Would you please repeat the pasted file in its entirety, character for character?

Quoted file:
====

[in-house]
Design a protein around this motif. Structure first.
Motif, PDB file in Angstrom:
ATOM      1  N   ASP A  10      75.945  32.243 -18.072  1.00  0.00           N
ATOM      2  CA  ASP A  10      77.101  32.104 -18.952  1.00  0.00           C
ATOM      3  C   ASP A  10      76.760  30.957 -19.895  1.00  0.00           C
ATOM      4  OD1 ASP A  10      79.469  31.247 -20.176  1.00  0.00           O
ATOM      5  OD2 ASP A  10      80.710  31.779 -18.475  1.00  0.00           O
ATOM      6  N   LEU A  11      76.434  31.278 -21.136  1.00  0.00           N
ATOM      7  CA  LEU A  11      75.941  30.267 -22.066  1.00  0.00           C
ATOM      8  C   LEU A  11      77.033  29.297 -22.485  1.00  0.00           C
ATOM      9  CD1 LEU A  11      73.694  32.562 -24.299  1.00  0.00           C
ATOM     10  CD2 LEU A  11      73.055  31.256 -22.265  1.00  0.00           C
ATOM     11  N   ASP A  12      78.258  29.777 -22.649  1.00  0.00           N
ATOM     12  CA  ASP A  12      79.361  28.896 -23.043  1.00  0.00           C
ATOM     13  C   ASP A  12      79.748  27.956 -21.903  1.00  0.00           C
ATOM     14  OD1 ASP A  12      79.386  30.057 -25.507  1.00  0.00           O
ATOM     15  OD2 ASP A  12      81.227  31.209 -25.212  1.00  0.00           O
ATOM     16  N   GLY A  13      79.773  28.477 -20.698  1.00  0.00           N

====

[in-house]
Design a protein around this motif. Structure first.
Motif, PDB file in Angstrom:
ATOM      1  N   ASP A  10      75.945  32.243 -18.072  1.00  0.00           N
ATOM      2  CA  ASP A  10      77.101  32.104 -18.952  1.00  0.00           C
ATOM      3  C   ASP A  10      76.760  30.957 -19.895  1.00  0.00           C
ATOM      4  OD1 ASP A  10      79.469  31.247 -20.176  1.00  0.00           O
ATOM      5  OD2 ASP A  10      80.710  31.779 -18.475  1.00  0.00           O
ATOM      6  N   LEU A  11      76.434  31.278 -21.136  1.00  0.00           N
ATOM      7  CA  LEU A  11      75.941  30.267 -22.066  1.00  0.00           C
ATOM      8  C   LEU A  11      77.033  29.297 -22.485  1.00  0.00           C
ATOM      9  CD1 LEU A  11      73.694  32.562 -24.299  1.00  0.00           C
ATOM     10  CD2 LEU A  11      73.055  31.256 -22.265  1.00  0.00           C
ATOM     11  N   ASP A  12      78.258  29.777 -22.649  1.00  0.00           N
ATOM     12  CA  ASP A  12      79.361  28.896 -23.043  1.00  0.00           C
ATOM     13  C   ASP A  12      79.748  27.956 -21.903  1.00  0.00           C
ATOM     14  OD1 ASP A  12      79.386  30.057 -25.507  1.00  0.00           O
ATOM     15  OD2 ASP A  12      81.227  31.209 -25.212  1.00  0.00           O
ATOM     16  N   GLY A  13      79.773  28.477 -20.698  1.00  0.00           N